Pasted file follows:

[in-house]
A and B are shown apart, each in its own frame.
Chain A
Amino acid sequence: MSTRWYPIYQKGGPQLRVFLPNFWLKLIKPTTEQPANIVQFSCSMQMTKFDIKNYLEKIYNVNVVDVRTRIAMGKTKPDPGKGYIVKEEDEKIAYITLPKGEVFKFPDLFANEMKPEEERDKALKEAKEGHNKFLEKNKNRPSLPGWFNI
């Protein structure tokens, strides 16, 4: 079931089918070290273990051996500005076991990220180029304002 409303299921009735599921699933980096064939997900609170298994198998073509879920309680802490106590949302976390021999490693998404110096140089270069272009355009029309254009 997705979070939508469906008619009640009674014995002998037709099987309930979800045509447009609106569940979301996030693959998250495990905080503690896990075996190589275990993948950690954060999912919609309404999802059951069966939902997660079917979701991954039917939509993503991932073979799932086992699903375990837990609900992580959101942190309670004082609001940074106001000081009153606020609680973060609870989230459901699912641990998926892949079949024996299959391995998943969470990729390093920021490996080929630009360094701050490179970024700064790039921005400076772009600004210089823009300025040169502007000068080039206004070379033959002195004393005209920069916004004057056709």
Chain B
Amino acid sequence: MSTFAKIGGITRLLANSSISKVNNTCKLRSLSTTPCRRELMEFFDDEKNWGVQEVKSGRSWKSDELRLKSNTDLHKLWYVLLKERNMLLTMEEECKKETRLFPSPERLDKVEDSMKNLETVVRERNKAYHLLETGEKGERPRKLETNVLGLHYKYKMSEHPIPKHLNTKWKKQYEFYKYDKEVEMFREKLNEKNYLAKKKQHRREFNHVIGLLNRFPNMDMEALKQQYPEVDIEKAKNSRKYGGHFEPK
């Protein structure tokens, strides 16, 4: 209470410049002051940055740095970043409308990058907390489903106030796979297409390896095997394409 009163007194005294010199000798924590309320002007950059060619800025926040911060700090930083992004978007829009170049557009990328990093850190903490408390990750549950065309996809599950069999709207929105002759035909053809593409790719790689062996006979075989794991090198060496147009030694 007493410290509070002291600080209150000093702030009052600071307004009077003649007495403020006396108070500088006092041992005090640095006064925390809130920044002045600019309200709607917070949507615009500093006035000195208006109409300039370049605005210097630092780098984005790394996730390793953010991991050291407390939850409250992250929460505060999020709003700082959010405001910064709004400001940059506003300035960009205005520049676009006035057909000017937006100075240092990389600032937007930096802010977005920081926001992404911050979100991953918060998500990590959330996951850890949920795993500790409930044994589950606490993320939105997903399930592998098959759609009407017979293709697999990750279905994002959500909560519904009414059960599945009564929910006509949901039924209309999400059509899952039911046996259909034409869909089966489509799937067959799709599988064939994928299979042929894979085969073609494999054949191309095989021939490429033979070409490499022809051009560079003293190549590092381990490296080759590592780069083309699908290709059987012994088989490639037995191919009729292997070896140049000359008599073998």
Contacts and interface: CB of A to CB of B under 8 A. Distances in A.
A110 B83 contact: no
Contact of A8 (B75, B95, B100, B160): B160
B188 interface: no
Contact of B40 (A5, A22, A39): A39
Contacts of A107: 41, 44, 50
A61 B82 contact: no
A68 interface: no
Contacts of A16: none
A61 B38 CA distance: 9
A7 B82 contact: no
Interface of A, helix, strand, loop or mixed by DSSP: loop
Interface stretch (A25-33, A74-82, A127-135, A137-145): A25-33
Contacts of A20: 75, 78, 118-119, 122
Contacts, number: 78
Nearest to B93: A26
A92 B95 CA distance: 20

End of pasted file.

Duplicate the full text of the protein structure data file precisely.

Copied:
[in-house]
A and B are shown apart, each in its own frame.
Chain A
Amino acid sequence: MSTRWYPIYQKGGPQLRVFLPNFWLKLIKPTTEQPANIVQFSCSMQMTKFDIKNYLEKIYNVNVVDVRTRIAMGKTKPDPGKGYIVKEEDEKIAYITLPKGEVFKFPDLFANEMKPEEERDKALKEAKEGHNKFLEKNKNRPSLPGWFNI
């Protein structure tokens, strides 16, 4: 079931089918070290273990051996500005076991990220180029304002 409303299921009735599921699933980096064939997900609170298994198998073509879920309680802490106590949302976390021999490693998404110096140089270069272009355009029309254009 997705979070939508469906008619009640009674014995002998037709099987309930979800045509447009609106569940979301996030693959998250495990905080503690896990075996190589275990993948950690954060999912919609309404999802059951069966939902997660079917979701991954039917939509993503991932073979799932086992699903375990837990609900992580959101942190309670004082609001940074106001000081009153606020609680973060609870989230459901699912641990998926892949079949024996299959391995998943969470990729390093920021490996080929630009360094701050490179970024700064790039921005400076772009600004210089823009300025040169502007000068080039206004070379033959002195004393005209920069916004004057056709």
Chain B
Amino acid sequence: MSTFAKIGGITRLLANSSISKVNNTCKLRSLSTTPCRRELMEFFDDEKNWGVQEVKSGRSWKSDELRLKSNTDLHKLWYVLLKERNMLLTMEEECKKETRLFPSPERLDKVEDSMKNLETVVRERNKAYHLLETGEKGERPRKLETNVLGLHYKYKMSEHPIPKHLNTKWKKQYEFYKYDKEVEMFREKLNEKNYLAKKKQHRREFNHVIGLLNRFPNMDMEALKQQYPEVDIEKAKNSRKYGGHFEPK
């Protein structure tokens, strides 16, 4: 209470410049002051940055740095970043409308990058907390489903106030796979297409390896095997394409 009163007194005294010199000798924590309320002007950059060619800025926040911060700090930083992004978007829009170049557009990328990093850190903490408390990750549950065309996809599950069999709207929105002759035909053809593409790719790689062996006979075989794991090198060496147009030694 007493410290509070002291600080209150000093702030009052600071307004009077003649007495403020006396108070500088006092041992005090640095006064925390809130920044002045600019309200709607917070949507615009500093006035000195208006109409300039370049605005210097630092780098984005790394996730390793953010991991050291407390939850409250992250929460505060999020709003700082959010405001910064709004400001940059506003300035960009205005520049676009006035057909000017937006100075240092990389600032937007930096802010977005920081926001992404911050979100991953918060998500990590959330996951850890949920795993500790409930044994589950606490993320939105997903399930592998098959759609009407017979293709697999990750279905994002959500909560519904009414059960599945009564929910006509949901039924209309999400059509899952039911046996259909034409869909089966489509799937067959799709599988064939994928299979042929894979085969073609494999054949191309095989021939490429033979070409490499022809051009560079003293190549590092381990490296080759590592780069083309699908290709059987012994088989490639037995191919009729292997070896140049000359008599073998």
Contacts and interface: CB of A to CB of B under 8 A. Distances in A.
A110 B83 contact: no
Contact of A8 (B75, B95, B100, B160): B160
B188 interface: no
Contact of B40 (A5, A22, A39): A39
Contacts of A107: 41, 44, 50
A61 B82 contact: no
A68 interface: no
Contacts of A16: none
A61 B38 CA distance: 9
A7 B82 contact: no
Interface of A, helix, strand, loop or mixed by DSSP: loop
Interface stretch (A25-33, A74-82, A127-135, A137-145): A25-33
Contacts of A20: 75, 78, 118-119, 122
Contacts, number: 78
Nearest to B93: A26
A92 B95 CA distance: 20